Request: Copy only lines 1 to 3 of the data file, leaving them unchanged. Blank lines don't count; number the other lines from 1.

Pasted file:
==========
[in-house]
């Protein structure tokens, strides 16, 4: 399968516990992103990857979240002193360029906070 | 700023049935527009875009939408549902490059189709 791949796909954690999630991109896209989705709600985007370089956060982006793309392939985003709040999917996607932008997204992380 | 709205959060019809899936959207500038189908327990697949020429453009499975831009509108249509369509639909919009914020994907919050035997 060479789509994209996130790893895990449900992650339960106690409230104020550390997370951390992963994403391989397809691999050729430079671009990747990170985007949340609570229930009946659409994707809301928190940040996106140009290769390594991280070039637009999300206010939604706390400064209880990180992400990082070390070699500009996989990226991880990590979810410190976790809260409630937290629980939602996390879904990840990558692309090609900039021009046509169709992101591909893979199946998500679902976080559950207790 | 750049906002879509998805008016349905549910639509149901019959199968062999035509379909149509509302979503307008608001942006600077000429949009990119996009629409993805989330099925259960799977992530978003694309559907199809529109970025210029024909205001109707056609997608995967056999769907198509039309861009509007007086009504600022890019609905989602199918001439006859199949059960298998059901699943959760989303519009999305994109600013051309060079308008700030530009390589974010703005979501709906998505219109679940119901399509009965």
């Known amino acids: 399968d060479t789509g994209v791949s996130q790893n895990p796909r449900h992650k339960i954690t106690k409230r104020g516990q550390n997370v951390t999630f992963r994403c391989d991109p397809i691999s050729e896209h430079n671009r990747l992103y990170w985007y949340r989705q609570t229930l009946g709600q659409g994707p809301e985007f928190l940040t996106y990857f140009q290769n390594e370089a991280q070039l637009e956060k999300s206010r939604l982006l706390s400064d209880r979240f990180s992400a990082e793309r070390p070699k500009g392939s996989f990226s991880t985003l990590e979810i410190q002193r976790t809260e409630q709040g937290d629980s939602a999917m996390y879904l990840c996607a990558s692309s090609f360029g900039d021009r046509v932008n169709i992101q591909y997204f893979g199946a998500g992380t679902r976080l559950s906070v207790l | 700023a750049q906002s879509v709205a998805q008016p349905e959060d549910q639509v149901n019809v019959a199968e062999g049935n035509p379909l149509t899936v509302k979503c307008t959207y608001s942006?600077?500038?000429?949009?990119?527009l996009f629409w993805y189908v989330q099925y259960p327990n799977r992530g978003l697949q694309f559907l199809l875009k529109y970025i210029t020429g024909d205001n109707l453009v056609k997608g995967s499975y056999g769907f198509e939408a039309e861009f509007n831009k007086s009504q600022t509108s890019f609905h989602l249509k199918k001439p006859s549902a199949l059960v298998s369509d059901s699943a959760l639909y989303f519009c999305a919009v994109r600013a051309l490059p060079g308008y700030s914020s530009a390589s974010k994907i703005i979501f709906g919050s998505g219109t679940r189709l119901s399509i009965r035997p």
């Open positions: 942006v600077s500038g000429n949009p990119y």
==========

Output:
[in-house]
């Protein structure tokens, strides 16, 4: 399968516990992103990857979240002193360029906070 | 700023049935527009875009939408549902490059189709 791949796909954690999630991109896209989705709600985007370089956060982006793309392939985003709040999917996607932008997204992380 | 709205959060019809899936959207500038189908327990697949020429453009499975831009509108249509369509639909919009914020994907919050035997 060479789509994209996130790893895990449900992650339960106690409230104020550390997370951390992963994403391989397809691999050729430079671009990747990170985007949340609570229930009946659409994707809301928190940040996106140009290769390594991280070039637009999300206010939604706390400064209880990180992400990082070390070699500009996989990226991880990590979810410190976790809260409630937290629980939602996390879904990840990558692309090609900039021009046509169709992101591909893979199946998500679902976080559950207790 | 750049906002879509998805008016349905549910639509149901019959199968062999035509379909149509509302979503307008608001942006600077000429949009990119996009629409993805989330099925259960799977992530978003694309559907199809529109970025210029024909205001109707056609997608995967056999769907198509039309861009509007007086009504600022890019609905989602199918001439006859199949059960298998059901699943959760989303519009999305994109600013051309060079308008700030530009390589974010703005979501709906998505219109679940119901399509009965």
């Known amino acids: 399968d060479t789509g994209v791949s996130q790893n895990p796909r449900h992650k339960i954690t106690k409230r104020g516990q550390n997370v951390t999630f992963r994403c391989d991109p397809i691999s050729e896209h430079n671009r990747l992103y990170w985007y949340r989705q609570t229930l009946g709600q659409g994707p809301e985007f928190l940040t996106y990857f140009q290769n390594e370089a991280q070039l637009e956060k999300s206010r939604l982006l706390s400064d209880r979240f990180s992400a990082e793309r070390p070699k500009g392939s996989f990226s991880t985003l990590e979810i410190q002193r976790t809260e409630q709040g937290d629980s939602a999917m996390y879904l990840c996607a990558s692309s090609f360029g900039d021009r046509v932008n169709i992101q591909y997204f893979g199946a998500g992380t679902r976080l559950s906070v207790l | 700023a750049q906002s879509v709205a998805q008016p349905e959060d549910q639509v149901n019809v019959a199968e062999g049935n035509p379909l149509t899936v509302k979503c307008t959207y608001s942006?600077?500038?000429?949009?990119?527009l996009f629409w993805y189908v989330q099925y259960p327990n799977r992530g978003l697949q694309f559907l199809l875009k529109y970025i210029t020429g024909d205001n109707l453009v056609k997608g995967s499975y056999g769907f198509e939408a039309e861009f509007n831009k007086s009504q600022t509108s890019f609905h989602l249509k199918k001439p006859s549902a199949l059960v298998s369509d059901s699943a959760l639909y989303f519009c999305a919009v994109r600013a051309l490059p060079g308008y700030s914020s530009a390589s974010k994907i703005i979501f709906g919050s998505g219109t679940r189709l119901s399509i009965r035997p």